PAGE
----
Today we hear from Will Sutton who explores the significance of flowers in Japanese culture.
One thing that I have noticed on just about every one of our trips is the significance of flowers. There have been three particular flowers that have popped up consistently; the lotus, hydrangea and chrysanthemum.
The lotus has ties to Buddhism in that it is the namesake of the Lotus Sutra, a Buddhist scripture teaching of emptiness on ones way to enlightenment. I had the great pleasure of seeing the great Buddha statue in Nara and he is seated around lotus petals. The Japanese particularly love that the lotus blooms from dirty water into something beautiful and the transformation is seen as a form of enlightenment. The lotus also has the ability to look beautiful even as it is dying which is a form of mono-no-aware, a Japanese term meaning beauty is found in dying things.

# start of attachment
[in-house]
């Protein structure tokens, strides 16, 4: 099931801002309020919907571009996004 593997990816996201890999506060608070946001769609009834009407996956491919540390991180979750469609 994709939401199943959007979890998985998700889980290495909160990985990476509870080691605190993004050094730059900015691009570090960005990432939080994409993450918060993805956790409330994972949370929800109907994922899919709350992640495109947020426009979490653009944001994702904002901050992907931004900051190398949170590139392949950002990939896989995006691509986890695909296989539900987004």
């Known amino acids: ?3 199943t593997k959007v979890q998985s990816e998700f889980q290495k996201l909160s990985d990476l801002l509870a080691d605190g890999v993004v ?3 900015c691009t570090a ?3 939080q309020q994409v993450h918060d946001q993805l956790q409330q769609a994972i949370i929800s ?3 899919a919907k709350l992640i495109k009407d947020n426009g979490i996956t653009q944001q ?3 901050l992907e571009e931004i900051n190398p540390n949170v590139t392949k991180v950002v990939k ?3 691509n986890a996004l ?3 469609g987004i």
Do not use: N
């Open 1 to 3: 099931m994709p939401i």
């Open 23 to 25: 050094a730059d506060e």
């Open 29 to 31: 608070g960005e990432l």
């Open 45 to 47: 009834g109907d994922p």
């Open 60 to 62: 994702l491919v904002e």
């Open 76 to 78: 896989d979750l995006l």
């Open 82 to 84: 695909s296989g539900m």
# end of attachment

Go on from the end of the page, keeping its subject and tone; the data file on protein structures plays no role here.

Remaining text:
Hydrangeas have the unique ability to go through seven different transformations before they reach their final color and usually bloom from June to late July. The Japanese love hydrangeas for their ability to have such a long blooming period because of their interest in suggestion, meaning their ability to visualize what the flower will look like next during its blooming phases or even just as the buds begin to show.
Lastly, chrysanthemums are the imperial symbol of Japan and have represented the family of the emperor beginning in the Nara period from 710 to 793. The chrysanthemum is also seen as a symbol of rejuvenation and longevity.
One of the most fascinating features of all these flowers is that they represent the changing of seasons, (the lotus and hydrangea are summer and the chrysanthemum is fall), which the Japanese hold dear and leads to their love of both perishability and wabi-sabi, a term meaning rustic and withered elegance. In essence, the Japanese appreciate beauty in flowers at the beginning and end of their lives often more than when they are at full bloom.